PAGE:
While the nonsense term "postrock" is often brought up in discussions of Brooklyn trio Callers (doubtless because occasional aspects of the group’s texture and playing bring to mind indie rock of a certain vintage—Dirty Three, Calexico, etc.), the slightly more meaningful "post-punk" is far more significant in discussing the band’s tremendous sophomore album, Life of Love, out Oct. 12.
The record’s conception began with the group’s desire to cover Wire’s “Heartbeat,” itself almost a definitive statement of the post-punk semi-genre: a terse, sparse crescendo of steam engine rhythms and accelerating emotional fervor. And, lyrically, the song’s obsessive circling of ideas and focus on the porous membranes between the self and the external (“And is there something there behind me/ Like a movie, like a movie/ I am mesmerized by my own beat/ Like a heartbeat, like a heartbeat, like a heartbeat”) prove anchors for Callers throughout Life of Love.
Originally meeting in New Orleans shortly before the dreadful warning shot of Hurricane Ivan, Callers (singer Sara Lucas, guitarist/singer Ryan Seaton, and drummer Don Godwin) hail from diverse backgrounds obscenely rich in the building blocks of American music. Lucas sang as a child in St. Louis in the city’s all-pervasive gospel choirs and carries a heavy R&B weight in her singing; Seaton grew up amongst the Methodist hymns and music of the Ozarks (as well as the fertile punk rock scene) of Little Rock; and Godwin describes his hometown of Cape Girardeau, Miss., as imbued with an intense jazz tradition, one which found him playing in small jazz groups tirelessly throughout high school. Jazz and improvised music in fact play a tremendous part in all of the members’ lives and in the work they produce together. Lucas describes her early-in-life thinking as: “To master music was to master jazz. To understand music was to understand jazz.”
understanding that Callers apply is evident throughout its new album
and in its hypnotic and moving live performances— there is an intensity
of attention to dynamic and timbral detail rare amongst their immediate
peers and contemporaries. It is this advanced level of musical
refinement (not complexity) that defines the band’s relationship to the
aforementioned specter of “post-punk” and that makes Life of Love such an utterly unique and interesting record.
this record, we set out to make something with a lot more dynamic
range… spent a lot more time being loud, more visceral, more energetic,”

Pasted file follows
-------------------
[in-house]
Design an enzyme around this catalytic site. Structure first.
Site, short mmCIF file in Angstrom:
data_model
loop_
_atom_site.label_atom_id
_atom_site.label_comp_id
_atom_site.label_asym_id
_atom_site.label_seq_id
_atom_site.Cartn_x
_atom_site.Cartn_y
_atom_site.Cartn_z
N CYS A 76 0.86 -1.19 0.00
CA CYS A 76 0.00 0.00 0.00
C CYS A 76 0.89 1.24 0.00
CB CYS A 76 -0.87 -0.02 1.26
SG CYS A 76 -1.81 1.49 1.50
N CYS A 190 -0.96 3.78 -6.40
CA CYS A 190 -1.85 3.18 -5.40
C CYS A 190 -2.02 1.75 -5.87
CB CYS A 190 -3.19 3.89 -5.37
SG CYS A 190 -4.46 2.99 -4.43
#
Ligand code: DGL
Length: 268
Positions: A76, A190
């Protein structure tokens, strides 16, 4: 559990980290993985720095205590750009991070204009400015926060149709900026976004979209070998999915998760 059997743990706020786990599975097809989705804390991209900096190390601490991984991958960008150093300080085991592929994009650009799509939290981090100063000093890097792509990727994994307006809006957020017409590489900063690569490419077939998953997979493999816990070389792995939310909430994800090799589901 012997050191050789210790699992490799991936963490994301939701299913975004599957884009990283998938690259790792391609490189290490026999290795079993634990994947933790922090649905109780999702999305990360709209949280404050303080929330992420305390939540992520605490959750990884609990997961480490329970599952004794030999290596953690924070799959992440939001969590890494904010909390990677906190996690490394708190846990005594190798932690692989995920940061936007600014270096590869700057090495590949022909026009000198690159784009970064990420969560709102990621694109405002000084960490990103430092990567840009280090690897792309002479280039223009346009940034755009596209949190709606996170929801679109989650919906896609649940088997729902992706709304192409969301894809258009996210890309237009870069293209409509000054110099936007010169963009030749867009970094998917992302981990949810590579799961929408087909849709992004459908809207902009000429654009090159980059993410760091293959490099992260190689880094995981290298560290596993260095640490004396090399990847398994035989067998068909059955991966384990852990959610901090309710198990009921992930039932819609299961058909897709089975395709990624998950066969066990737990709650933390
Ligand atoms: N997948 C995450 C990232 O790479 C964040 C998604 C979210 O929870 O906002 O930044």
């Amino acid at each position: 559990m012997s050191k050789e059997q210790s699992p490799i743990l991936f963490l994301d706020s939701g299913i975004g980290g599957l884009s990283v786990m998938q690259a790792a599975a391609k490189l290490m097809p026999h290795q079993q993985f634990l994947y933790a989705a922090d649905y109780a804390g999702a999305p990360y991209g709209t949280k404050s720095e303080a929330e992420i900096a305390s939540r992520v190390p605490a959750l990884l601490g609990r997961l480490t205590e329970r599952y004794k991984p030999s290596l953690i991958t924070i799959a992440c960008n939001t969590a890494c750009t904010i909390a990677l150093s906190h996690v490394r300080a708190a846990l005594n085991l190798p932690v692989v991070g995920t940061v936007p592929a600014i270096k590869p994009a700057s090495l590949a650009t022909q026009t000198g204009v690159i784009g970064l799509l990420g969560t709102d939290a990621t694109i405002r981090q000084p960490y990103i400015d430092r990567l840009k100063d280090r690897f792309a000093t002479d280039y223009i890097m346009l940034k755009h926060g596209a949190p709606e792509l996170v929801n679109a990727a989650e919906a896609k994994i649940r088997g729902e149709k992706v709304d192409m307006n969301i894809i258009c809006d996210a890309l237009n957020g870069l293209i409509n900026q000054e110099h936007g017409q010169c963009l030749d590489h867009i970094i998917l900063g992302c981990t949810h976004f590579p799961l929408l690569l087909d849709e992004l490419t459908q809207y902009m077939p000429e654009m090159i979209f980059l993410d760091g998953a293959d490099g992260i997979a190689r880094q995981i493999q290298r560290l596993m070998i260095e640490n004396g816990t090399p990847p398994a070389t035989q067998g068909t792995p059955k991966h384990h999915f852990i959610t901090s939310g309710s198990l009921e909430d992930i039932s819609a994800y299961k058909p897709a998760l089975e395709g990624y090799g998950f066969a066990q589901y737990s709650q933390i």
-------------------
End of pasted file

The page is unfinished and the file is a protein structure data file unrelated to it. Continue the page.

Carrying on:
says Godwin. The primary form that this intentional acceleration of
energy takes is in the integration of the infinite-gazing propulsion of
artists like Wire and Joy Division on songs like the opening “You Are An
Arc” and “Young People,” which prove a winning marriage between this
European focus on the trance-crescendo and the ringing openness that
Callers bring from acoustic jazz. Life of Love feels like one
sonic piece, a somewhat old-fashioned mode of record-making but one that
the group wholly embraces and believes is important to maintain.
describes the band’s lyrics as being derived from a variety of oblique
sources, including a fascination with science articles, particularly
those pertaining to humanity’s relationship to its natural environment.
As a band, Callers is extremely involved with and attuned to its own
natural environment, particularly in terms of the organically responsive
qualities of the group’s live shows. While all bands undoubtedly
respond and adjust, however minutely, to the energy and attributes of an
audience and space, Callers take this concept fully inside as something
of a mission statement. “We’re really
to our surroundings,” says Lucas. “I’m kind of proud of this, [the
music] really changes from show to show.” In a recent performance of the
cover of “Heartbeat” in Williamsburg, the singular power of the Callers
approach was on display. While in an old performance film Wire frontman
Colin Newman transitions from a staunch, nigh-motionless deadpan to
violent, biomechanical gesticulations, Lucas proves a smoother operator,
building very gradually from a near-stillness to slowly expanding and
unfolding movements and gestures, bringing her beat very slowly out to
the world, and drawing the audience fully into Callers’ gravity.
Oct. 6, Zebulon, 258 Wythe Ave. (betw. 3rd St. & Metropolitan Ave.), Brooklyn, 718-218-6934; 9, Free.